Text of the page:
A love of science evolves into a thriving business
In 1990 scientist and entrepreneur Doug Kremer, then 35 years old, launched his first company. With a few patents under his belt and a business suit, Kremer was looking to break into the microbiology business world. It didn’t exactly work out. “Having a patent on particular polymers and wearing a suit and tie doesn’t sell anything,” says Kremer, now the CEO of TerraMax. “I wanted to build a company, and I learned from that.” In 1998 Kremer started TerraMax along with co-founder Tom Proepper, this time, with products to sell and a growing network of distributors to move them through the marketplace.
“I always had the curiosity to go along with it,” Kremer recalls. “There are limitless opportunities in terms of working with specific microbes.”
Whereas Proepper is the business mind in the operation, Kremer has always been the scientist. “Let me warn you that I have a tendency to be fascinated with many of the science aspects of this story,” says Kremer, as a way of introducing himself that reveals what drove him to start his own company back in 1990, and what inspires him to this day.
An inclination for business
Kremer is a lifelong entrepreneur. From a young age cutting lawns to where he is today, he’s always been inclined toward business. His love of science developed while attending the University of Minnesota, where he became immediately hooked by the world of plant cell biology. “You can take parts of a plant and grow a whole new plant!” he says with a grin. At the time, he was unsure how to apply his newfound passion for science.
While studying horticulture, Kremer was pulled into a group in the agronomy department that was working with corn almost exclusively. When Kremer neared graduation, he approached the professor running the lab for a letter of recommendation. His jaw dropped when instead, his professor stated, “I’ve got a job for you.” It was with a company called Molecular Genetics Inc., one of the genetic engineering entrepreneurial startups back in the ’80s. Kremer says he responded, “That’s interesting. Let’s do it.”
Describing his eight years with MGI, Kremer smiles and says, “I’ve never looked back.” His strong performance with the company earned him a position running the science of a new company launched by MGI’s co-founder.
40 years of research
Kremer became fascinated with the field of microorganisms. At the time, there were very few microbial products in use for farming. This opportunity resonated with him and turned into 40 years of dedicating his life to researching how to keep a microbe alive and growing and perform its function in the ecosystem. “How to keep them alive and apply them to plants or soil has turned into quite the adventure,” he adds.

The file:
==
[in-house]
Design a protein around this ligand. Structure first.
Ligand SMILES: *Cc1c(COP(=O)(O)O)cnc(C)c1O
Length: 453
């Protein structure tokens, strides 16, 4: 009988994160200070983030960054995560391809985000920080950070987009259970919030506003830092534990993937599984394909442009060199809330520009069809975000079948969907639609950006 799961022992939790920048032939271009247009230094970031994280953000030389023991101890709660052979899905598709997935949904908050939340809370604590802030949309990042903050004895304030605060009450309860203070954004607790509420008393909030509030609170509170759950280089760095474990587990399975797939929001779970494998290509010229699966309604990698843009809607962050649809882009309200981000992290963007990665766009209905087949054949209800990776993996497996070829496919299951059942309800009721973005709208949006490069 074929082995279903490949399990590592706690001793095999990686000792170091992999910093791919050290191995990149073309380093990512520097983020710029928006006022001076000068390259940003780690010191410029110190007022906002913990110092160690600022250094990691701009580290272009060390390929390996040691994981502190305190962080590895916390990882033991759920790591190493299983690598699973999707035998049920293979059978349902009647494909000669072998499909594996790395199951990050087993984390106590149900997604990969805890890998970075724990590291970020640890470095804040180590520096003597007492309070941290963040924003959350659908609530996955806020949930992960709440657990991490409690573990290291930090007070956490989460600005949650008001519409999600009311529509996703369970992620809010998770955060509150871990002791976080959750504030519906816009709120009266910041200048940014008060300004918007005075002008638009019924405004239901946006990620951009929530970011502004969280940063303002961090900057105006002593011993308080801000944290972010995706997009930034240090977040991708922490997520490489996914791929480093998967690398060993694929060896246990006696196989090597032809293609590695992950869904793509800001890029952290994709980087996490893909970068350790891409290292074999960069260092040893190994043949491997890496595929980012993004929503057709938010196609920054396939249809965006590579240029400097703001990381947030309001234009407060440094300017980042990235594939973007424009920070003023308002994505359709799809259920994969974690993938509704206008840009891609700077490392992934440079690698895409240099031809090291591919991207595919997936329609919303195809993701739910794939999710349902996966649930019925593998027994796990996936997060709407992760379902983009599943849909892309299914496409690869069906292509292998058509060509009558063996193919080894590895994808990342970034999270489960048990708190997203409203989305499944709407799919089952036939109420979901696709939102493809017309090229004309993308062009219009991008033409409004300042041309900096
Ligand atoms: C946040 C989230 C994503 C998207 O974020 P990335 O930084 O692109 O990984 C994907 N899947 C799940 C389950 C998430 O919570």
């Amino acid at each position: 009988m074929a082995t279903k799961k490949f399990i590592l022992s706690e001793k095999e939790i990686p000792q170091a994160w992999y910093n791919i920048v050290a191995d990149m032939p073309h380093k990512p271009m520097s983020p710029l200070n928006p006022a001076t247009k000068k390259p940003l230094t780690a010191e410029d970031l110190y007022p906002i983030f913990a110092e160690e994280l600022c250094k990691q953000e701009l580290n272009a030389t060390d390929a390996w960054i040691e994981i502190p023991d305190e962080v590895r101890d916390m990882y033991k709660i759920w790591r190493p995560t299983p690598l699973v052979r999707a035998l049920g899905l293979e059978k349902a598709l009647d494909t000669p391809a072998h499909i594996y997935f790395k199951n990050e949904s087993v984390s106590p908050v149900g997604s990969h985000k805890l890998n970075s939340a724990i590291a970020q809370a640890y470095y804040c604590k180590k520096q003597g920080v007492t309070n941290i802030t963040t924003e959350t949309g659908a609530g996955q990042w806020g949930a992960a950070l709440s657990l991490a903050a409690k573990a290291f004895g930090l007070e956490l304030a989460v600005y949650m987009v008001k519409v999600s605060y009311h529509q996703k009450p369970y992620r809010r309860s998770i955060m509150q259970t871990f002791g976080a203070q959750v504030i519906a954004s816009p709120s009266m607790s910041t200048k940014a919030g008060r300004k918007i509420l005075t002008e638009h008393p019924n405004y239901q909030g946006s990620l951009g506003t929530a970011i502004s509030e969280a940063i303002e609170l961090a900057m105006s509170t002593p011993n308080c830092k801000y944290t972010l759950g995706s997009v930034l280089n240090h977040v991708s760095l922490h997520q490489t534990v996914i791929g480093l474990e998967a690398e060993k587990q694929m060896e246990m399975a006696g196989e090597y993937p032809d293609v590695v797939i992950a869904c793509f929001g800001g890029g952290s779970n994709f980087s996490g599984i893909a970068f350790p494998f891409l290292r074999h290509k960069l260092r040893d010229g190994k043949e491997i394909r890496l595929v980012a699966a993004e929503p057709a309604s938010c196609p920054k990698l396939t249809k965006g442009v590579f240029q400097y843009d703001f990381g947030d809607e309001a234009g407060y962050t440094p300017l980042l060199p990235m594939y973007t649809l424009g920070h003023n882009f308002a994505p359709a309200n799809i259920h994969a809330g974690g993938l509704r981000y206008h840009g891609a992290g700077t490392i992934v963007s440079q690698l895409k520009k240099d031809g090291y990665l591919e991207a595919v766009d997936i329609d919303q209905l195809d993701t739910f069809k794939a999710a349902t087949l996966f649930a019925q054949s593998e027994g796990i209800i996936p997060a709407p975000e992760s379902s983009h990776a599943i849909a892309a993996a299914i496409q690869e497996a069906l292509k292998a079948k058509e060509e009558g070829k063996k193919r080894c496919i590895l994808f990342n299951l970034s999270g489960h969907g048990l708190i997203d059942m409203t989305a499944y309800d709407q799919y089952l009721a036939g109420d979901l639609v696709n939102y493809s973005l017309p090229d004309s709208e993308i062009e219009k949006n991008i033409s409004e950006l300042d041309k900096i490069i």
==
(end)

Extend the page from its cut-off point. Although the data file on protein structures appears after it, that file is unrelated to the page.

This adventure resulted in TerraMax’s line of nitrogen-fixing microbial products for America’s most common crops. “Nitrogen-fixing microbes have been known for a long time,” Kremer explains. “How do you use and formulate them? How do you integrate them into a farmer’s production system?” Using Azospirillum and Bradyrhizobium, bacteria that naturally pull nitrogen from the air and soil and deliver it to plants, TerraMax developed a long-lasting inoculant that strengthens the root structures of crops and improves crop yields.
Kremer employs a scientist’s precision to his work. “Our wheel has turned slowly but has demonstrated the capability of our products,” he says of TerraMax’s 23 years of research and development of stable microbial products.
“Doug from the beginning wanted to put a product out there that would work. We are very diligent to make sure we do three years of field testing before we put a product out,” says Joshua Doerr, TerraMax’s national sales manager. “Since 1998 people have been telling (Kremer), ‘No, you can’t do this.’ Every time someone told him that, he proved over and over with the science that yes he can. He is dedicated to science and dedicated to his craft,” adds Doerr.
People, products and the bottom line
At the end of the day, Kremer cares most about people and products that work the way they’re designed to — work as described — and help farmers’ bottom line. “The first thing our products have to do is function. They have to provide benefits to the farmer, and have a payoff for the farmer,” Kremer says.
Kremer has dedicated his career to using his scientific expertise to making a product that is easy for farmers to use, improves soil health and contributes to healthy, profitable crops. “He genuinely cares about the farmer, the grower, the person that we are trying to help,” Doerr says of Kremer. “He cares about everybody up the chain.”
This level of care is evident throughout TerraMax’s company culture, and in the rigorously developed soil inoculant products in TerraMax’s lineup. For Doug Kremer, that’s the definition of success.